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Epic Tale of Aéropostale
Print a list of hostages
Epic Tale of Aeropostale
Between 1918 and 1933, a handful of determined
men brought to life the Latécoère Company, later known as the Aéropostale General Company, which finally gave birth to Air France in 1933.
At the price of numerous efforts and gaging their own life, they simultaneously tested new aircrafts and open ed new routes across the world, placing the ground stones of civil aviation as we know it today.
In June 1930, Henri Guillaumet disappeared while attempting to fly over the Andean Belt, on board of the Potez 25 F-AJDZ.
Saint-Exupéry, who has been named ”Chevalier de la Légion d’Honneur” for Civil Aviation since April 7th, was part of the search team from June 13th to 20th, and brought back Guillaumet to Buenos Aires on board of a Potez 29, once they had found him.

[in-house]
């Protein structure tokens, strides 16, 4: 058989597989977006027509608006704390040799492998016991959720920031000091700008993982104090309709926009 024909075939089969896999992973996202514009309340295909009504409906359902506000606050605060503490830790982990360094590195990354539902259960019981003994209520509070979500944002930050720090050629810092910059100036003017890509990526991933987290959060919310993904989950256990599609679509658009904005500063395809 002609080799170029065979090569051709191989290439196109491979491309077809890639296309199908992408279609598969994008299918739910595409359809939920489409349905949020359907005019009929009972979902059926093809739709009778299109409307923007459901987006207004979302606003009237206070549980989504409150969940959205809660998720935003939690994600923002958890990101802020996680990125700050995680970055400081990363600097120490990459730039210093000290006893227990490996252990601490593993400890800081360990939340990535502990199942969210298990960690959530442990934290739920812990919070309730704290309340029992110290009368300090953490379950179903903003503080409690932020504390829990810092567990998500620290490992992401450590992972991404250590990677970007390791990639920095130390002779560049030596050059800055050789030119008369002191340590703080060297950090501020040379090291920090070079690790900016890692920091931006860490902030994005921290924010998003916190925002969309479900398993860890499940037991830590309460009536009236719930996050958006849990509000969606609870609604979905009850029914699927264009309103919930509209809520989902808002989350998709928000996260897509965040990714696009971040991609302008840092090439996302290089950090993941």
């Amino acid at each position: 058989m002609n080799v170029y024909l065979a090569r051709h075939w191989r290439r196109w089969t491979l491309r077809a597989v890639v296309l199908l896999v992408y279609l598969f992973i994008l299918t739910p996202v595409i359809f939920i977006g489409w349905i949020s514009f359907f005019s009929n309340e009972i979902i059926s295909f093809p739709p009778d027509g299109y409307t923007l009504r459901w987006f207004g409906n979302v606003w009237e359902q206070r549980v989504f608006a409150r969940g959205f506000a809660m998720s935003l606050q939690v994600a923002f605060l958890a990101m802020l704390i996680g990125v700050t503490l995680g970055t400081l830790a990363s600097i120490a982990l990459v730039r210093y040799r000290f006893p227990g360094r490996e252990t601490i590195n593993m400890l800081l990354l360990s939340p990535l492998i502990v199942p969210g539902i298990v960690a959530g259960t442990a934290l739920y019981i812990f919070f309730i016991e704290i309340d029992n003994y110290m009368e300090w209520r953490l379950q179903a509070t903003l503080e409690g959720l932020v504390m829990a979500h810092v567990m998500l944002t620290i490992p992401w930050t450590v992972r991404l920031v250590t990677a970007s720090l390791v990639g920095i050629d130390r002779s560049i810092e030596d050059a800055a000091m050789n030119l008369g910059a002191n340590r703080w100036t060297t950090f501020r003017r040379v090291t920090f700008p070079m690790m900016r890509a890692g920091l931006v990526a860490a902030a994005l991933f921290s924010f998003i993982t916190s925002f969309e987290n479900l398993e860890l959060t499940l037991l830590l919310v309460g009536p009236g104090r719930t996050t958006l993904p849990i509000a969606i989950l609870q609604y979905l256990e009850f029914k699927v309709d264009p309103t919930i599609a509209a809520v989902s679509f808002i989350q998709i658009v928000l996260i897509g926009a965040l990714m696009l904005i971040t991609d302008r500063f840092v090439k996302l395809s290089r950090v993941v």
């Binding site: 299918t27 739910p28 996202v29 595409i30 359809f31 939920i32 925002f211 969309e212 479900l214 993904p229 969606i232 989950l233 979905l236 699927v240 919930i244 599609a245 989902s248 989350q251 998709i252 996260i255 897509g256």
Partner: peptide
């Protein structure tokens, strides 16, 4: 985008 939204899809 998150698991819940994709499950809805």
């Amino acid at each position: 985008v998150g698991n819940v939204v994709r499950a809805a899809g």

Guillaumet, after a forced landing in the mountains, the ”white hell”, had managed to get back to civilization after six exhausting days of walking in the cold and the snow.
This incredible resistance of man, generated by hope only, made Guillaumet prononce this sentence, repeated by Antoine later on, and famous today: ”What I have done, no animal could have done”.
This accident which could very well have ended dramatically, acknowledged the difficulty of establishing the route to San tiago, Chili, and remains to this day one of the major symbols of the Aéropostale
”The mail must get
See also :
Aeropostale's History - From Latecoere to the Aeropostale
le passage de la Cordillère des Andes
pionniers de l’aviation et la grande aventure de l’Aéropostale
pioneros del correo aereo : Henry Guillaumet
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